Excise on gold jewellery, TDS on realty rolled back
May, 08th 2012
Finance minister Pranab Mukherjee buckled under pressure from two powerful trade lobbies - jewellers and realtors - while dropping proposals put forward by him, ostensibly to check circulation of black money in the economy.
Apart from black money, he has also decided to hold back the shift towards a goods and service tax regime and announced a withdrawal of 1% excise duty on all precious metal jewellery, branded or unbranded, after nation-wide strike from industry bodies.
Following the changes announced on Monday, you will no longer be required to deduct 1% of the transaction value at the time of purchase of property. Similarly, for cash purchase of jewellery, the minister has increased the threshold for tax collection at source from Rs 2 lakh proposed by him on March 16 to Rs 5 lakh now. The TCS threshold for cash purchase of bullion, excluding coin or any item weighing 10 grams or less, has, however, been retained at Rs 2 lakh.
The announcements received unanimous acceptance from jewellery makers, who had been opposing the move since it was proposed in the Budget. "This is a great announcement. The implementation of the excise duty, especially, would have been practically impossible to manage as it is impossible for jewellers to track where a piece of jewellery has been manufactured," said Mehul Choksi, CMD Gitanjali.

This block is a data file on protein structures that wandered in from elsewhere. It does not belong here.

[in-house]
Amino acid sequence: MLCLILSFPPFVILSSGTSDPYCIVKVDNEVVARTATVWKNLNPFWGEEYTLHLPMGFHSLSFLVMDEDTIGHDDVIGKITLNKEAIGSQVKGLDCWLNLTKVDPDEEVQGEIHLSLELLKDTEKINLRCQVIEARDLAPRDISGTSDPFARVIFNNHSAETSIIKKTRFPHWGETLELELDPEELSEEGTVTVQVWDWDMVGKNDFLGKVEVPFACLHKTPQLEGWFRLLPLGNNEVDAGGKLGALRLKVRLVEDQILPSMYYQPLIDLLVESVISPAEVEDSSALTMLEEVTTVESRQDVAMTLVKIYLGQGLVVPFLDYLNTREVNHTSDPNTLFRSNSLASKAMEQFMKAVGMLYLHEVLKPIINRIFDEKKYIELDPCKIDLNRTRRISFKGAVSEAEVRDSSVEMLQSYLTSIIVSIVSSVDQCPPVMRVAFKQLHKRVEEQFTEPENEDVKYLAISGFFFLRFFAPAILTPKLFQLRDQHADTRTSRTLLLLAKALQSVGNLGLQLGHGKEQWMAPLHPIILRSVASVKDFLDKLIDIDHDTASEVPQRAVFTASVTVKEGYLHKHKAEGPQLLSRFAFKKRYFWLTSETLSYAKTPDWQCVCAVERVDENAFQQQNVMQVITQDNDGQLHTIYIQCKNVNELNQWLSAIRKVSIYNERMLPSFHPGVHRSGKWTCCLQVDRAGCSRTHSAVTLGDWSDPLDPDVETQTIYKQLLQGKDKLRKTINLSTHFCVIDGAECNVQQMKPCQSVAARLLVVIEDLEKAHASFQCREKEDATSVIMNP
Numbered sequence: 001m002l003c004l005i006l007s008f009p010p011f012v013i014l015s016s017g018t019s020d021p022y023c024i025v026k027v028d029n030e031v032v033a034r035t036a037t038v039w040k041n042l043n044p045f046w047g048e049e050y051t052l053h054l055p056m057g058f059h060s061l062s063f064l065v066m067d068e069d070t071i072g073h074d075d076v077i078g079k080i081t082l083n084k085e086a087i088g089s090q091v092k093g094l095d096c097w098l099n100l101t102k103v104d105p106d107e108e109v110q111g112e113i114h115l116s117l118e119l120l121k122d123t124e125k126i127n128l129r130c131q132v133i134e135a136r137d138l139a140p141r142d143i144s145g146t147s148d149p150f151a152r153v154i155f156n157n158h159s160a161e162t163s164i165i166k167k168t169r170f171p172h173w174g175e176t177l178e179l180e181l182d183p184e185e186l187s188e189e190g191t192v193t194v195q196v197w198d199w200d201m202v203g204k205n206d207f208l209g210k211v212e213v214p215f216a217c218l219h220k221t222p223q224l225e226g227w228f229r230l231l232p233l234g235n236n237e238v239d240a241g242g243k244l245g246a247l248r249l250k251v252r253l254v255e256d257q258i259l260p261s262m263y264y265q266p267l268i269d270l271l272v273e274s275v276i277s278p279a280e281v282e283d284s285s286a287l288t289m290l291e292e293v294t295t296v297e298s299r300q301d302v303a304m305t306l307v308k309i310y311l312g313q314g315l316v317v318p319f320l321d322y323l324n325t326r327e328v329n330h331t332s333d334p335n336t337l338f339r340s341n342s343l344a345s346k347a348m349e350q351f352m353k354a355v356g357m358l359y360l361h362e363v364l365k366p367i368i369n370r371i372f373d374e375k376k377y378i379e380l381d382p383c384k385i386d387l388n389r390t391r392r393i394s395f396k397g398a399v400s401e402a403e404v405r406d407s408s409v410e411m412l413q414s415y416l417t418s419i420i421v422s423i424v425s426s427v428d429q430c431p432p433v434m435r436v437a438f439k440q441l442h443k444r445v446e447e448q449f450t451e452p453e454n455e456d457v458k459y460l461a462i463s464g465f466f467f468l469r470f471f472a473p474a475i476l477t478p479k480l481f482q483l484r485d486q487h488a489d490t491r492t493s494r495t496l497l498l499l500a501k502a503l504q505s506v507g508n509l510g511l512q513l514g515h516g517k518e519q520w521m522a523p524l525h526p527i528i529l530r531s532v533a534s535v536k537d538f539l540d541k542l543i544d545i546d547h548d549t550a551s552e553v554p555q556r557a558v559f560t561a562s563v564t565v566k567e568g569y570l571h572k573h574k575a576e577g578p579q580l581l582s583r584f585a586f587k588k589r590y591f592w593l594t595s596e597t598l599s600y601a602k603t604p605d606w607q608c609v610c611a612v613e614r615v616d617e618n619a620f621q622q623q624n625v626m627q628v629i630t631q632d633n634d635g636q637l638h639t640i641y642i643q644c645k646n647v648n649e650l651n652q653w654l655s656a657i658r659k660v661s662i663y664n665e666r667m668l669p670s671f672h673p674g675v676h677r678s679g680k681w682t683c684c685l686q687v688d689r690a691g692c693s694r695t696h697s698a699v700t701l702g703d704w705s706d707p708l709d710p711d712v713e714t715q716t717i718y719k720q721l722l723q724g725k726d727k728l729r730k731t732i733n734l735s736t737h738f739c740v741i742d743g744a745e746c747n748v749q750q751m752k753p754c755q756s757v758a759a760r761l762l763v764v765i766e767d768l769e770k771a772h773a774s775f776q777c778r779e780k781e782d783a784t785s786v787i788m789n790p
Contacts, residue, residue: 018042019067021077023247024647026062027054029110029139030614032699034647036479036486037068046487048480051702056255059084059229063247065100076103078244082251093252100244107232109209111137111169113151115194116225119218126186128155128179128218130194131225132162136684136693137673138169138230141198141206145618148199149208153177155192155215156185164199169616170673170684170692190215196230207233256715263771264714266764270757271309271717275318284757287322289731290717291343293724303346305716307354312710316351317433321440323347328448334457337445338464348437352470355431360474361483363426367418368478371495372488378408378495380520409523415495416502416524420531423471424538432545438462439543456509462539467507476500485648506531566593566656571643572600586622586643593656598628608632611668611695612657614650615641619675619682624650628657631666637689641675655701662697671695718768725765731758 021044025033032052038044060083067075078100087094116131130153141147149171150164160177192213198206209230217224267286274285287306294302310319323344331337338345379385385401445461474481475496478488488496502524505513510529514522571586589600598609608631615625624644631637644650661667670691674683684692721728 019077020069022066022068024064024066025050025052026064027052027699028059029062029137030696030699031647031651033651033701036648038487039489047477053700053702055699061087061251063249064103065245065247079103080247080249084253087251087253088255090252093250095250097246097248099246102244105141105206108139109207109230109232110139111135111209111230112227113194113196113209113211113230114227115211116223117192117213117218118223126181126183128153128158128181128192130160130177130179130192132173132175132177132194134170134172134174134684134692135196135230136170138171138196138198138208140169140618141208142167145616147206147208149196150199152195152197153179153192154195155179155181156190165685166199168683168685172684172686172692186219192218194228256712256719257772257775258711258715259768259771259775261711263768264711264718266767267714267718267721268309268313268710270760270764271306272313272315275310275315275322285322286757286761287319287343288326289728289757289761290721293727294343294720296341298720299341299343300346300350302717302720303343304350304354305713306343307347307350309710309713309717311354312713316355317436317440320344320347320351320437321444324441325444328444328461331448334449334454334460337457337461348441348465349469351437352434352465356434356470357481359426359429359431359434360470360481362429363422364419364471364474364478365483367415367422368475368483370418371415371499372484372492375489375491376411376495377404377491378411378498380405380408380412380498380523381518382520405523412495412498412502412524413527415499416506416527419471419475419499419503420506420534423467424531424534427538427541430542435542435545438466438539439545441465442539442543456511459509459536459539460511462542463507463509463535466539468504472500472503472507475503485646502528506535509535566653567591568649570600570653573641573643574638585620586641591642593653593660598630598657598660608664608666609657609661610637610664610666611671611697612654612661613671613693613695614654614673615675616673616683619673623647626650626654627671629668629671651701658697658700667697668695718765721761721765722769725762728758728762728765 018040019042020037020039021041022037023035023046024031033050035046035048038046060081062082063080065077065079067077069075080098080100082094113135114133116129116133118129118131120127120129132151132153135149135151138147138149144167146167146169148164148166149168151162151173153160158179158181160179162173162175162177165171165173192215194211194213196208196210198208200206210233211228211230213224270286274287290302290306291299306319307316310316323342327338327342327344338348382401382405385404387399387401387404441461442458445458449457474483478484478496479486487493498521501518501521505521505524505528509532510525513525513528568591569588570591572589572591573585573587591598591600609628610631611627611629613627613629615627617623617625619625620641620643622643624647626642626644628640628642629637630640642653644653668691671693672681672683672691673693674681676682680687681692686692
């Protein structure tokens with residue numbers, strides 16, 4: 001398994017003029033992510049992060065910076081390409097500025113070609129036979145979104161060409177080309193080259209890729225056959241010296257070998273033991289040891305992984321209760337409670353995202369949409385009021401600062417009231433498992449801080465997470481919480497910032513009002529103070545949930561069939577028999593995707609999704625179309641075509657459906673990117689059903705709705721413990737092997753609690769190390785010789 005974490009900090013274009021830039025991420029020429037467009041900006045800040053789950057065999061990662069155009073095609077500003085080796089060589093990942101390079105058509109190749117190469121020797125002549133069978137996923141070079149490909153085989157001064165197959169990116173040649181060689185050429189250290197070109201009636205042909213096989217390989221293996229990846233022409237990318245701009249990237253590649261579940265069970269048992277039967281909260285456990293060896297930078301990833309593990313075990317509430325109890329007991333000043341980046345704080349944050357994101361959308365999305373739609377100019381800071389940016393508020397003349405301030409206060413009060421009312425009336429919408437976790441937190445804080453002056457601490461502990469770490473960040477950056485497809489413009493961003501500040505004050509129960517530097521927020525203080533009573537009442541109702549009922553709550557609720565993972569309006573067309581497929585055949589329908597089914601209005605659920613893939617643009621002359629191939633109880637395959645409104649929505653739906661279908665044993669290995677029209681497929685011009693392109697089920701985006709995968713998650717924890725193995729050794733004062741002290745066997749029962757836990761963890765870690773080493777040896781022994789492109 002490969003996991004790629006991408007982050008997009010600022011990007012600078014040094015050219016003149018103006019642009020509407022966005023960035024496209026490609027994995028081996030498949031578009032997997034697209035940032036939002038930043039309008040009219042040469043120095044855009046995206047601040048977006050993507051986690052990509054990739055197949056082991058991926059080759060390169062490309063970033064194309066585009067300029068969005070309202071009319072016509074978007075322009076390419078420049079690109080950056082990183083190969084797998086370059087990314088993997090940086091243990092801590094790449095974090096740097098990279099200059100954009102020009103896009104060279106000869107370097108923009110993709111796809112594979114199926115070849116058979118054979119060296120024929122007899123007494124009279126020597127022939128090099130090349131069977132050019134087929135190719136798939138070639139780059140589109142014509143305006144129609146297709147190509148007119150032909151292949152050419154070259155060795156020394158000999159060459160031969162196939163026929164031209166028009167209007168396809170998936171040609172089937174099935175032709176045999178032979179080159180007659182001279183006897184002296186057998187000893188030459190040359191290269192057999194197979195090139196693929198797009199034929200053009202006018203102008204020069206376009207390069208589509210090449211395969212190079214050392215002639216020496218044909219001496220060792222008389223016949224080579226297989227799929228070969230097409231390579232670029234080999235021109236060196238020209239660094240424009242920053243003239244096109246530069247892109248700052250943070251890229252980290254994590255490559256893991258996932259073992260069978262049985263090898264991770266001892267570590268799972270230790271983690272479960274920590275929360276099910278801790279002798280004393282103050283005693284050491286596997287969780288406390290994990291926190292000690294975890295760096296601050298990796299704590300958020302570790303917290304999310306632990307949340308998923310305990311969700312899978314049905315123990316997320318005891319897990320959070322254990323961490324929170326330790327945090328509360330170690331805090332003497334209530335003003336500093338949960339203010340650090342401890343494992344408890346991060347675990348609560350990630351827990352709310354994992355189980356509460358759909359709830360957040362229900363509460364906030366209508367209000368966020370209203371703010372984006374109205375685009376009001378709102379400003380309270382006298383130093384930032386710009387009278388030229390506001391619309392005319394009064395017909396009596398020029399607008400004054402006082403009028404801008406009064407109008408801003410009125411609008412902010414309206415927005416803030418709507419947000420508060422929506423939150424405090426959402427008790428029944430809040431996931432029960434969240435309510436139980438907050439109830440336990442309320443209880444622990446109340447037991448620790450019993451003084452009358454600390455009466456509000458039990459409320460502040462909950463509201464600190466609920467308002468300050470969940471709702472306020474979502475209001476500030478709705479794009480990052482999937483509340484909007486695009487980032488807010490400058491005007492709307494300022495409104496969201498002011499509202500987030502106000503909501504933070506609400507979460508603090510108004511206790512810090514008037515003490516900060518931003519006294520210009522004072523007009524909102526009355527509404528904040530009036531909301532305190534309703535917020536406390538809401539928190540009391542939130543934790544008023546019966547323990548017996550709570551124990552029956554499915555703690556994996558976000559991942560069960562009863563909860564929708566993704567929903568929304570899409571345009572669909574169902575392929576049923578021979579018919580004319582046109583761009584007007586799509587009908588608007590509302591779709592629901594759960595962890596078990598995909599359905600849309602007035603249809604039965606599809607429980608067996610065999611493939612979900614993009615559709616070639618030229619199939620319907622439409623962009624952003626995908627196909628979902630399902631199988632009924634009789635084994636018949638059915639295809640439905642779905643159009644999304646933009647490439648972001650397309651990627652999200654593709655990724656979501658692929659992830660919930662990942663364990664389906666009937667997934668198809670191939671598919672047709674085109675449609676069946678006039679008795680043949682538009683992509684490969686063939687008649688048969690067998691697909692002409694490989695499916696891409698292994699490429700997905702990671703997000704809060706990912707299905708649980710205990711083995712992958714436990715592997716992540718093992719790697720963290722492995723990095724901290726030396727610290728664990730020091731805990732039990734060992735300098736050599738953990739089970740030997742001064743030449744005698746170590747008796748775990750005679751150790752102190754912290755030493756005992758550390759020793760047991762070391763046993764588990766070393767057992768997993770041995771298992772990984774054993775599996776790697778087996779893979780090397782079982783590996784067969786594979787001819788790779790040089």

Retailers were especially worried over the extensive book keeping that imposing the excise duty would entail. "I think it is a very positive move. Excise compliance norms are very tedious. The proposal had created a lot of pressure on the supply side," said Vijay Jain, CEO, Orra.
The move follows a 21-day strike by jewellers across the country in March this year, after the FM had proposed a 1% excise duty on unbranded jewellery and a 1% tax on all purchases exceeding Rs 2 lakh in the Budget.
According to the government, the move was intended to streamline excise duty that had already been levied on branded jewellery in March 2011. Post the strike, the finance minister had met jewellery associations in early April giving them an assurance that the excise duty would be rolled back.
"Most of the jewellery sector is unorganized. Especially for the small scale buyers and craftsmen, this would provide a huge relief," said Ved Prakash, director, MMTC. Branded jewellery makers said the rollback has removed uncertainty in the sector, already marred by the increase in customs duty. Customs duty on gold had been increased from 2% to 4% in the Budget 2012 prompting most jewellers to take a price hike in the range of 2-7%. Customs duty on gold had been also doubled in January from 1% to 2%. A levy of excise duty would have hiked prices further, jewellers said.